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Huh? Federal prison debate team beats Harvard in showdown over illegals enrolling in public schools

Prison debate team

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(NaturalNews) Leave it up to prison inmates to get a legal debate over illegal immigrants correct.

As reported by The Wall Street Journal, a debate team from Harvard, one of the top Ivy League schools in the country, was beaten by a team of Bard Prison Initiative students in a debate on whether or not illegal immigrant children ought to be permitted to attend U.S. public schools (which are primarily funded with local property taxes that illegal alien parents don't generally pay).

Following the judges' decision, the audience in attendance burst into applause — an audience that included about 75 other members of the Bard Prison Initiative, "which offers rigorous college experience to men at Eastern New York Correctional Facility, in the Catskills," WSJ reported.

Debaters on both sides were attempting to showcase the academic success of the program, which is offered through Bard College in Annandale-on-Hudson, New York. The program seeks to provide inmates with a second chance to build a better life and avoid prison reentry.

Dropout factories with overcrowded classrooms

What is ironic is that the inmates were there to promote an argument with which they vehemently disagreed. Resolved: "Public schools in the United States should have the ability to deny enrollment to undocumented students." (Even the language is rigged; they're "undocumented" because they are not in the country legally.)

Judge Mary Nugent, who headed up a veteran debate panel, said the Bard team's argument put up a strong case in that schools attended by many illegal alien children were failing so badly that students were essentially being warehoused. Consequently, these students were not benefiting at all from the resources necessary to keep the schools open.

As the WSJ reported:

"The team proposed that if 'dropout factories' with overcrowded classrooms and insufficient funding could deny these children admission, then nonprofits and wealthier schools would step in and teach them better."

Nugent said the Harvard College Debating Union failed to address parts of that argument, though she thought both sides did well.

Harvard team members said the Bard team impressed them, especially the prisoners' preparation and unanticipated line of argument.

"They caught us off-guard," Anais Carrel, a 20-year-old junior from Chicago, told the paper.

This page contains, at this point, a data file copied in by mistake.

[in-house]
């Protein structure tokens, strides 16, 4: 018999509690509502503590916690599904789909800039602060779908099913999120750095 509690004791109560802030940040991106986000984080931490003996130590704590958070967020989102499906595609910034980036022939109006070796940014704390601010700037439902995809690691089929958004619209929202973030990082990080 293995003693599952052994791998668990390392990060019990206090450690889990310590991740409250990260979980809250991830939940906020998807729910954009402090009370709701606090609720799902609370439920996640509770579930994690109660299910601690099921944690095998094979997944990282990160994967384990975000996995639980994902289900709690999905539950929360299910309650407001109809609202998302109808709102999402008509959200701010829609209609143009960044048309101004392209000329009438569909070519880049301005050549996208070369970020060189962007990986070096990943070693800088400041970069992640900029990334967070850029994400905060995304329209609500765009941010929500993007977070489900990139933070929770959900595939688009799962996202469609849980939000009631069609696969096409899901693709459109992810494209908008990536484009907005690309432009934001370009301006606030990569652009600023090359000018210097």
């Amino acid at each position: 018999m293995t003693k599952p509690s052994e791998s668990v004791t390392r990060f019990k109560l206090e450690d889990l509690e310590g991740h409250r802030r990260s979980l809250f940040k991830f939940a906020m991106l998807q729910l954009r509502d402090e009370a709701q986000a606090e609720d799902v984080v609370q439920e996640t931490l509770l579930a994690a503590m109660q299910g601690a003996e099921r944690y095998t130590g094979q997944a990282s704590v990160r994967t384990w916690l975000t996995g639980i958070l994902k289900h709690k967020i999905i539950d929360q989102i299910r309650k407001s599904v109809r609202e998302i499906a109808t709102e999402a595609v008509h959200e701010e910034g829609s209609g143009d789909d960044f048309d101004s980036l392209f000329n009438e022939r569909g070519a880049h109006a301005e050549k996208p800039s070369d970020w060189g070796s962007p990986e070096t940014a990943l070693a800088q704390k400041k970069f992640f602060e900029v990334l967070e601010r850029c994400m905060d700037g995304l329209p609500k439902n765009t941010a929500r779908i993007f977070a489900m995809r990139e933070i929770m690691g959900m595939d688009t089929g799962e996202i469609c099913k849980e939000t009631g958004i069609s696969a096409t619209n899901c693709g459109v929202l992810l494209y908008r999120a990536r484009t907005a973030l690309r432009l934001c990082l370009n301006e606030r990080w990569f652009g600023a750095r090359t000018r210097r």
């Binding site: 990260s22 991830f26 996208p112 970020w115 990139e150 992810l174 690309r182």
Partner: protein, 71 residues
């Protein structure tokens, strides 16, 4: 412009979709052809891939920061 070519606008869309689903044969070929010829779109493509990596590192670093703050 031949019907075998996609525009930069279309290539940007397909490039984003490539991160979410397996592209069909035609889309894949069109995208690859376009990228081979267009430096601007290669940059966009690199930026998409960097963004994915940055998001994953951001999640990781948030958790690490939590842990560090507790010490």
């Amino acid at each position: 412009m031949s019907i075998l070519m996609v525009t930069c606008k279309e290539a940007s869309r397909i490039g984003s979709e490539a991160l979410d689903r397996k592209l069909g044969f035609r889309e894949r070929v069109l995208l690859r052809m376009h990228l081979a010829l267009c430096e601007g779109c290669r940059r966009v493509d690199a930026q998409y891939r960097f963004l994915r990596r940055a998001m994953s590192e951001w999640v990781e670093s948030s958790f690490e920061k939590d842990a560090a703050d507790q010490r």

The Bard team had its first debate in the spring of 2014, defeating the team from the U.S. Military Academy at West Point, New York. Then, it won against a nationally ranked University of Vermont team. In April, Bard lost a rematch against the U.S. Military Academy.

As for the Bard team's argument, tens of millions of Americans agree with their position — even if the team members themselves do not.

Another argument in support of Bard's position

For one, a big reason why many public schools are failing is because they are being inundated with children who don't speak English and who have other special needs (like learning how to read) — all of which cost money to provide. And while the federal government (again, taxpayers) covers some costs, local taxpayers and districts cannot, in many cases, keep up with demands.

Worse, local officials who try to convince federal officials there is a problem often get shouted down, insulted and threatened.

"I love the fact that Lynn is a diverse community," Mayor of Lynn, Massachusetts, Judith Flanagan Kennedy told Fox News. "By speaking out about this, I have been called a racist, I have been called a hater. That is not the case. I'm simply looking at this from the point of view of the economic impact it has had on my city."

And for every dollar that must, by federal law or regulation, be spent on children in the country illegally, there is a dollar taken away from providing for American kids whose parents are footing the bill for everyone's education.

The Bard debate team — itself financed by tax dollars, when you look at it honestly — may have disagreed with the premise of the argument, but they were exactly right in that illegal alien children ought not be permitted to attend U.S. public schools.

Eliminating that "benefit" (and many others) would actually encourage immigrants to enter the U.S. legally.

Well, hey, there's another argument...





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